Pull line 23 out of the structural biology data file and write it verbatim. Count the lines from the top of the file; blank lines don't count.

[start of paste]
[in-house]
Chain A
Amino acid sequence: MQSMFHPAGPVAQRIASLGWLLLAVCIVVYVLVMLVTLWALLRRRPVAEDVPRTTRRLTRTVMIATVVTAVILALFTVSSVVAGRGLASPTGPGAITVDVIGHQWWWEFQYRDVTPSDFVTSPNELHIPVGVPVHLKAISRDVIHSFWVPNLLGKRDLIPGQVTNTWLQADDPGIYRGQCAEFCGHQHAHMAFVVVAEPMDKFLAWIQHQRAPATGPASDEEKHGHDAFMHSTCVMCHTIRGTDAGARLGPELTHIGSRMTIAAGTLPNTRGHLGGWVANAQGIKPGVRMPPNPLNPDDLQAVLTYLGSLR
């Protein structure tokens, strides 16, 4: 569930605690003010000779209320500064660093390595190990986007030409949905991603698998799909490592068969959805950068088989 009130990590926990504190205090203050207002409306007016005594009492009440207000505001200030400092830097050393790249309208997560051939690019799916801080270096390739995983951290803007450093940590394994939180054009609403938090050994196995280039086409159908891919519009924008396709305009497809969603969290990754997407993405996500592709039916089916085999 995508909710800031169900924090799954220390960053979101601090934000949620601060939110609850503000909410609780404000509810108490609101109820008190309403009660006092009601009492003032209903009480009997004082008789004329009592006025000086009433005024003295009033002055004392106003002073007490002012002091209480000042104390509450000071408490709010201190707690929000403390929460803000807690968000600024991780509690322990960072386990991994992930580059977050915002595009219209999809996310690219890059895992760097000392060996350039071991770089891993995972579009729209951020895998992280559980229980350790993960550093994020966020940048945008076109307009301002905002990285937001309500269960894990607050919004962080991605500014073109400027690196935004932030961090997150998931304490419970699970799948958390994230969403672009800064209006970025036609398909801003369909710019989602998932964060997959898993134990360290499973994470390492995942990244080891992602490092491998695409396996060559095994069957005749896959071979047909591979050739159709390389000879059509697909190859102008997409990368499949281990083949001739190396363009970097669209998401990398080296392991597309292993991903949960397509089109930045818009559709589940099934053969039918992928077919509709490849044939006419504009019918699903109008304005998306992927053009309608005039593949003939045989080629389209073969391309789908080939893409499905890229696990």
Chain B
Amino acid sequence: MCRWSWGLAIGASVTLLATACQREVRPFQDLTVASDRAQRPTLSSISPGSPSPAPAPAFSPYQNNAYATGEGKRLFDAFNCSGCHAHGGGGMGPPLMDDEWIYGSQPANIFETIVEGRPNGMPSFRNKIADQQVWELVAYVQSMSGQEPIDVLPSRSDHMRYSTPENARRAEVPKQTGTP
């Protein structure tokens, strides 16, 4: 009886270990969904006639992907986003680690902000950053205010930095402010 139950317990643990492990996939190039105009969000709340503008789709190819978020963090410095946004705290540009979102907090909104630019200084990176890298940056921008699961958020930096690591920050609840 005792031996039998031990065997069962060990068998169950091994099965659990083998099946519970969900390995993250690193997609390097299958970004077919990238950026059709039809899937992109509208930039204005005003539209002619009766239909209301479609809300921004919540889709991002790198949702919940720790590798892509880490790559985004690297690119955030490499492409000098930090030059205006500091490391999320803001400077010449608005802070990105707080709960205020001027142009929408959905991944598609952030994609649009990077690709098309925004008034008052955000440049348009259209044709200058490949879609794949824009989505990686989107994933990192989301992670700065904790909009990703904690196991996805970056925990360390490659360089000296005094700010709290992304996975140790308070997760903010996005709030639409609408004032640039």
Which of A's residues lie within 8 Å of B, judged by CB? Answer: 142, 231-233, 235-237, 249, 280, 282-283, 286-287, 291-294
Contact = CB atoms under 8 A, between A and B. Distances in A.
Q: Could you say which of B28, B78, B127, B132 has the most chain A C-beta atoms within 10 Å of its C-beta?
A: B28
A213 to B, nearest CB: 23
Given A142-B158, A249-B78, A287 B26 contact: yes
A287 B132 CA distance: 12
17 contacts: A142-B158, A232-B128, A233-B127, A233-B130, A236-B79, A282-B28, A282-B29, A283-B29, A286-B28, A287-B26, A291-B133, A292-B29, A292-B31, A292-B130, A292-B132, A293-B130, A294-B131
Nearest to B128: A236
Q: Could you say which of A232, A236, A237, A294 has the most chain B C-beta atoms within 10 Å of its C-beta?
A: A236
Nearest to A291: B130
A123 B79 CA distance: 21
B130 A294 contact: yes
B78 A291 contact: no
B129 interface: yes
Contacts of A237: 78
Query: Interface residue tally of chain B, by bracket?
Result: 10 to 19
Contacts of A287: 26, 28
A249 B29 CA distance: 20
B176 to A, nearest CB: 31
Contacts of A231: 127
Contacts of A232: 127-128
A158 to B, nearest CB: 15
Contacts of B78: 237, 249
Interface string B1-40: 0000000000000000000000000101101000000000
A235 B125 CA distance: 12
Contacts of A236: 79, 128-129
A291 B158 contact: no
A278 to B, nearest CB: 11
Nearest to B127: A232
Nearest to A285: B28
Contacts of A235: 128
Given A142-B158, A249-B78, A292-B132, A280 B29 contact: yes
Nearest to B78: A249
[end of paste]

B129 interface: yes